Smile Charlie - 640 x 248

For most readers of this blog, the Fall (or Autumnal) Equinox occurs when the orbit, rotation and pitch of the planet earth moves the midpoint of the high noon sun below the earth’s equator from the Northern hemisphere to the Southern hemisphere.

This marks the beginning of autumn in the northern half of the world (i.e., North America, Europe, most of Asia and the Arctic) and the beginning of spring for the southern half (i.e., most of South America, Africa, Australia and Antarctica), and thus the Vernal Equinox for those “down under”.

The context of this post reflects Northern hemisphere perspective.

For Those Who Are Somewhat Sad . . .

End of Summer - 640 x 278

Although summer officially ends with the Fall Equinox on September 22, 2014, most consider the last day of summer to be Labor day — and thus representing the “unofficial end of summer“.  At this time of the year many may feel compelled to shift out of the “relaxation mode” mindset that summertime had blissfully placed them in, and this may naturally cause a “downshift” to one’s morale.

Accordingly, some may feel it is once again time to get serious about their life — particularly in their vocational endeavors, whatever they may be.  This may also bring about a feeling of remorse or sadness.  And this post serves to remind those  experiencing such “post-summer blues” to . . .


However, For Those Who Are REALLY Sad . . .

Sadness - 640 x 234

Importantly, this post is intended to be relevant year-round, in that it is especially dedicated to those who have experienced a loss, where the associated emotional pain of a broken heart may be especially piercing, and in instances where this omnipresent foreign aching simply won’t go away.

And since you may have never experienced anything quite like this before, you may frankly not know how to lighten your heavy heart.  This dark feeling may have been brought on by the painful end to a long beautiful and enriching relationship, the untimely loss of a loved one, or perhaps the result of unfortunate and emotionally debilitating events that seem to have drained you of your energy, and will to go on.

 This is all the more reason to summon the courage to . . .


The Art of Smiling by Charlie Chaplin . . .

CC Quotes - 640 x 354

Perhaps the world’s foremost expert EVER in the “art of smiling” was Sir Charles Spencer (“Charlie”) Chaplin, as it was something he personally embraced, consciously engaged in, espoused to many and manifested for countless others who enjoyed (and will continue to enjoy) his vast array of performances in  cinematic productions that spanned FIVE decades.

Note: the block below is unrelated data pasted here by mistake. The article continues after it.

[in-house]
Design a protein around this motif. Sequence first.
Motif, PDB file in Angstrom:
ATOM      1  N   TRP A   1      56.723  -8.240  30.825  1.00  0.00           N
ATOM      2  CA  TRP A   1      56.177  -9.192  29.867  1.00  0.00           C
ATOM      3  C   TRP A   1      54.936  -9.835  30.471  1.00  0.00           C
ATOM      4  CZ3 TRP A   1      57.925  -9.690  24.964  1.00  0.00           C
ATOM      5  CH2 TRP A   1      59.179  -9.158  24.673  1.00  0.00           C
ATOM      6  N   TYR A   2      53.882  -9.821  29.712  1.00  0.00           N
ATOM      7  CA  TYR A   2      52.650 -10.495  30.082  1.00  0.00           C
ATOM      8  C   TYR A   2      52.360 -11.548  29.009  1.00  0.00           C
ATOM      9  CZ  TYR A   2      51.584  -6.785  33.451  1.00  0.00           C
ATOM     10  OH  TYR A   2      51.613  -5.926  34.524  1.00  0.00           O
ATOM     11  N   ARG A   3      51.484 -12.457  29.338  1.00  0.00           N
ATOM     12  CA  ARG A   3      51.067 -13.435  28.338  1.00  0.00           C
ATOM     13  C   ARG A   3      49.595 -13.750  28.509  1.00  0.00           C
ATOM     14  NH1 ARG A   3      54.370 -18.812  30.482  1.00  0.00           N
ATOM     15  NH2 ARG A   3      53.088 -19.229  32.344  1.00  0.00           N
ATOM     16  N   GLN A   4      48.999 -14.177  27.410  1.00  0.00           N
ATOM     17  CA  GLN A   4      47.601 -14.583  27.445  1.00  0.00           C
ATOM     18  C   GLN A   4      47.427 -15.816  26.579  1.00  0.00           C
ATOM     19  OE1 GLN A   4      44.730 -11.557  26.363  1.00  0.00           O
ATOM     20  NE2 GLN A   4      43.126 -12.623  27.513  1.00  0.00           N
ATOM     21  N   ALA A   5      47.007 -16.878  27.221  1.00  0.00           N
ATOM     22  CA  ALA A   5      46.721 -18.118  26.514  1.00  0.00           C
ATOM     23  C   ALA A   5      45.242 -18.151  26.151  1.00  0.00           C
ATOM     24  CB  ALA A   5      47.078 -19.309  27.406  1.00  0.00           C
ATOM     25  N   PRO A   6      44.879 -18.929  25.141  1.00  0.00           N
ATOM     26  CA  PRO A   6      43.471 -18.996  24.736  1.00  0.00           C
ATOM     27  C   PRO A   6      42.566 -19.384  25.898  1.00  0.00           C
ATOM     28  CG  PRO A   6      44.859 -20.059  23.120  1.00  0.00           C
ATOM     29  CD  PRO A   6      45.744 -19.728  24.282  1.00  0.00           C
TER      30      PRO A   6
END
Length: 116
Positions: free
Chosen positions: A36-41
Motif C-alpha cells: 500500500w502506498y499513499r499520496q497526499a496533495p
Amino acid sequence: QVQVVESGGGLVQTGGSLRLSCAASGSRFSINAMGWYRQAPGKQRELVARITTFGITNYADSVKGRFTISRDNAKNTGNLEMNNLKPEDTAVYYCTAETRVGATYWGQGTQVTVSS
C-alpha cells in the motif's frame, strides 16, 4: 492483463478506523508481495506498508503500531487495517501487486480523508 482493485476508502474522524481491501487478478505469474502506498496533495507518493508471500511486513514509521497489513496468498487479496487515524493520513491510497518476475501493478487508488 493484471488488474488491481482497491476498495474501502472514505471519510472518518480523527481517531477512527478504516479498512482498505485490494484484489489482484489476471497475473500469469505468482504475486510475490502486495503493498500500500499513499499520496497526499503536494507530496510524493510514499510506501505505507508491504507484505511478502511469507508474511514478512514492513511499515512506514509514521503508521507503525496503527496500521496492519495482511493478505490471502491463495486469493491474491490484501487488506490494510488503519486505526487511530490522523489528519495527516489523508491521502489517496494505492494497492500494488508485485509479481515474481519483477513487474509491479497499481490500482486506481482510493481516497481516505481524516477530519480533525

His now classic silent films began  in 1914, and successfully proceeded well into the period of full sound movies through the late 1930’s and continued on in his own full sound movies, up to and including his last film in 1967, A Countess from Hong Kong (starring Sophia Loren and Marlon Brando), which he wrote, scored, directed and produced.

Notably, Charlie Chaplin’s first talking film was The Great Dictator, which received high critical acclaim and became his most commercially successful film.  Its unmistakable message was especially prescient and boldly controversial in its condemnation of the fascism, which were movements that were beginning to take hold in Europe under Adolf Hitler in Germany and Benito Mussolini in Italy.

This particular clip from the film is especially moving and is perhaps MORE applicable today than it was in 1940 . . . you be the judge.

Although Charlie Chaplain left us in 1977, he has imparted many priceless eternal gifts that will be enjoyed and savored for generations to come.  These include: (1) his inimitable comedic charm in his movies that have consistently brought smiles to  millions; (2) his aphoristic pearls of wisdom on the subject of smiling (some of which grace the images of this blog posting); and (3) the classic song “Smile” which he wrote, and has since been recorded by many outstanding artists (e.g., Michael Jackson, Josh Groban); however,  in the opinion of this blog’s author, no rendition of this song comes close to the masterpiece performance by Nat King Cole, which is presented in the touching music video below (featuring Charlie Chaplin and then wife, actress Paulette Goddard), along with its simply beautiful, but evocatively powerful lyrics.


Smile though your heart is aching
Smile even though it’s breaking
When there are clouds in the sky, you’ll get by
If you smile through your fear and sorrow
Smile and maybe tomorrow
You’ll see the sun come shining through for you

Light up your face with gladness
Hide every trace of sadness
Although a tear may be ever so near
That’s the time you must keep on trying
Smile, what’s the use of crying?
You’ll find that life is still worthwhile
If you just smile

[instrumental interlude]

That’s the time you must keep on trying
Smile, what’s the use of crying?
You’ll find that life is still worthwhile
If you just smile




About Spencer C. Young

Supports the Quest for Self-Actualization
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